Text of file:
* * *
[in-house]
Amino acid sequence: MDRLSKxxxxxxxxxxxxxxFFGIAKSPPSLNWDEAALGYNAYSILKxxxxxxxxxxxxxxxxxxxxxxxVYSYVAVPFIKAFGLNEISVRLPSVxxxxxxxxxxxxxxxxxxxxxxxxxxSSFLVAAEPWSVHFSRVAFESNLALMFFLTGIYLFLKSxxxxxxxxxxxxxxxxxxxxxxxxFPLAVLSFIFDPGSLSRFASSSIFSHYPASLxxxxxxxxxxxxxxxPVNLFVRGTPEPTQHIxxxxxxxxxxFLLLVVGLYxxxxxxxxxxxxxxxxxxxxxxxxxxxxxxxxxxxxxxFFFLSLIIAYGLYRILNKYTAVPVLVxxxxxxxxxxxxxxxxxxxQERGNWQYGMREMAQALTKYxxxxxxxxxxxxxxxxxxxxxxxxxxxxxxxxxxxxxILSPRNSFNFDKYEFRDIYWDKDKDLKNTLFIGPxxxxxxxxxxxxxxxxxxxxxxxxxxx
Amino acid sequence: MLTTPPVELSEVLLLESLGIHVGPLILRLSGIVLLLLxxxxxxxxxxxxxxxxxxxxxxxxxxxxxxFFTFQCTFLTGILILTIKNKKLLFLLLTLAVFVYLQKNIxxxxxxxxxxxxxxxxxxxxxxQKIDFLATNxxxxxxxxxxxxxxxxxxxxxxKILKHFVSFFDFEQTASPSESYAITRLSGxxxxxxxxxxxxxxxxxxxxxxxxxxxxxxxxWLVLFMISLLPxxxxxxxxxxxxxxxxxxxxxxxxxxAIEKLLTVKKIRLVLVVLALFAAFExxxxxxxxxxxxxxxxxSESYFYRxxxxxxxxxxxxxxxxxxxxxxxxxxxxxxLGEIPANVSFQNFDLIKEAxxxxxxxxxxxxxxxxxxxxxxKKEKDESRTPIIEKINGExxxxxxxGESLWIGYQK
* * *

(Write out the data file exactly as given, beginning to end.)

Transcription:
[in-house]
Amino acid sequence: MDRLSKxxxxxxxxxxxxxxFFGIAKSPPSLNWDEAALGYNAYSILKxxxxxxxxxxxxxxxxxxxxxxxVYSYVAVPFIKAFGLNEISVRLPSVxxxxxxxxxxxxxxxxxxxxxxxxxxSSFLVAAEPWSVHFSRVAFESNLALMFFLTGIYLFLKSxxxxxxxxxxxxxxxxxxxxxxxxFPLAVLSFIFDPGSLSRFASSSIFSHYPASLxxxxxxxxxxxxxxxPVNLFVRGTPEPTQHIxxxxxxxxxxFLLLVVGLYxxxxxxxxxxxxxxxxxxxxxxxxxxxxxxxxxxxxxxFFFLSLIIAYGLYRILNKYTAVPVLVxxxxxxxxxxxxxxxxxxxQERGNWQYGMREMAQALTKYxxxxxxxxxxxxxxxxxxxxxxxxxxxxxxxxxxxxxILSPRNSFNFDKYEFRDIYWDKDKDLKNTLFIGPxxxxxxxxxxxxxxxxxxxxxxxxxxx
Amino acid sequence: MLTTPPVELSEVLLLESLGIHVGPLILRLSGIVLLLLxxxxxxxxxxxxxxxxxxxxxxxxxxxxxxFFTFQCTFLTGILILTIKNKKLLFLLLTLAVFVYLQKNIxxxxxxxxxxxxxxxxxxxxxxQKIDFLATNxxxxxxxxxxxxxxxxxxxxxxKILKHFVSFFDFEQTASPSESYAITRLSGxxxxxxxxxxxxxxxxxxxxxxxxxxxxxxxxWLVLFMISLLPxxxxxxxxxxxxxxxxxxxxxxxxxxAIEKLLTVKKIRLVLVVLALFAAFExxxxxxxxxxxxxxxxxSESYFYRxxxxxxxxxxxxxxxxxxxxxxxxxxxxxxLGEIPANVSFQNFDLIKEAxxxxxxxxxxxxxxxxxxxxxxKKEKDESRTPIIEKINGExxxxxxxGESLWIGYQK